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Native Americans on Film: Conversations, Teaching, and Theory

edited by M. Elise Marubbio and Eric L. Buffalohead

The film industry and mainstream popular culture are notorious for promoting stereotypical images of Native Americans: the noble and ignoble savage, the pronoun-challenged sidekick, the ruthless warrior, the female drudge, the princess, the sexualized maiden, the drunk, and others.

Ziegfeld and His Follies: A Biography of Broadway’s Greatest Producer

by Cynthia Brideson and Sara Brideson

The name Florenz Ziegfeld Jr. (1867–1932) is synonymous with the decadent revues that the legendary impresario produced at the turn of the twentieth century.

Miriam Hopkins: Life and Films of a Hollywood Rebel

by Allan R. Ellenberger

Miriam Hopkins (1902–1972) first captured moviegoers’ attention in daring precode films such as Dr. Jekyll and Mr. Hyde (1931), The Story of Temple Drake (1933), and Ernst Lubitsch’s Trouble in Paradise (1932). Though she enjoyed popular and critical acclaim in her long career—receiving an Academy Award nomination for Becky Sharp (1935) and a Golden Globe nomination for The Heiress (1949)—she is most often remembered for being one of the most difficult actresses of Hollywood’s golden age.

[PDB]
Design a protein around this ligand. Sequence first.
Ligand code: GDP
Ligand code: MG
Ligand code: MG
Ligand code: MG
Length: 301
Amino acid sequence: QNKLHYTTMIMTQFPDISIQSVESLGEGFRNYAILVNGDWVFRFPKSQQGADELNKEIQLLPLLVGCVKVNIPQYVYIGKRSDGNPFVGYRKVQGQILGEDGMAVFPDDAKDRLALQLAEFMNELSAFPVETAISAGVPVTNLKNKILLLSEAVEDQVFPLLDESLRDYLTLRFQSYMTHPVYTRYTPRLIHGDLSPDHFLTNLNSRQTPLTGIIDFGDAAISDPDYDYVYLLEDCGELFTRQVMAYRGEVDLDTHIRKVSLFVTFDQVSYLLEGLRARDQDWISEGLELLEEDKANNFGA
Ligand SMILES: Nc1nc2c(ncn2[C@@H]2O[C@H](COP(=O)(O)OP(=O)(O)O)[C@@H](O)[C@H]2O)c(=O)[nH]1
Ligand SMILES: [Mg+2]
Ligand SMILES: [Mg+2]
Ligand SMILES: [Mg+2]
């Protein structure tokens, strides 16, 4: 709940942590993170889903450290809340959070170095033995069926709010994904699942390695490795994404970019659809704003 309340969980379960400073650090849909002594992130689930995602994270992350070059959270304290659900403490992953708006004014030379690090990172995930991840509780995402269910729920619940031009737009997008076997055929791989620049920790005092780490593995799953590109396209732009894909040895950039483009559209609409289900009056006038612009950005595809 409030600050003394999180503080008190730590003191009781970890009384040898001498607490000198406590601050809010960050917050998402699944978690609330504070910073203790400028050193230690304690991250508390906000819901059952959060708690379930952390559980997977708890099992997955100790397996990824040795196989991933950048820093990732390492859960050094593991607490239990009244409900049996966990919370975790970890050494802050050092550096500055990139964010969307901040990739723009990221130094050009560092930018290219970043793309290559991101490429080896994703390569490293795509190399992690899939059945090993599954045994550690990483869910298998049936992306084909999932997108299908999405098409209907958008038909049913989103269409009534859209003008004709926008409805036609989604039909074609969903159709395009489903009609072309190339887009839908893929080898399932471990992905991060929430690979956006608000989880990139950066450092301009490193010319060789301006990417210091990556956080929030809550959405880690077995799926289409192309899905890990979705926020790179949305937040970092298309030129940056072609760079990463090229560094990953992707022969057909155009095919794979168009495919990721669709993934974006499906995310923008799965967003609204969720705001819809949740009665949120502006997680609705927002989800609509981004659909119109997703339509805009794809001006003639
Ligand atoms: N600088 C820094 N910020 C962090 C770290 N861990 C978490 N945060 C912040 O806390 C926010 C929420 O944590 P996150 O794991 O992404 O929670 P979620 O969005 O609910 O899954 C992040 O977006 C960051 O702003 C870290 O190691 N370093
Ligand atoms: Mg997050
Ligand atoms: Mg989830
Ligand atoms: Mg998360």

Barbara La Marr: The Girl Who Was Too Beautiful for Hollywood

by Sherri Snyder

Barbara La Marr’s (1896–1926) publicist once confessed: “There was no reason to lie about Barbara La Marr.

Michael Curtiz: A Life in Film

by Alan K. Rode

Academy Award–winning director Michael Curtiz (1886–1962)—whose best-known films include Casablanca (1942), Yankee Doodle Dandy (1942), Mildred Pierce (1945) and White Christmas (1954)—was in many ways the anti-auteur. During his unprecedented twenty-seven year tenure at Warner Bros.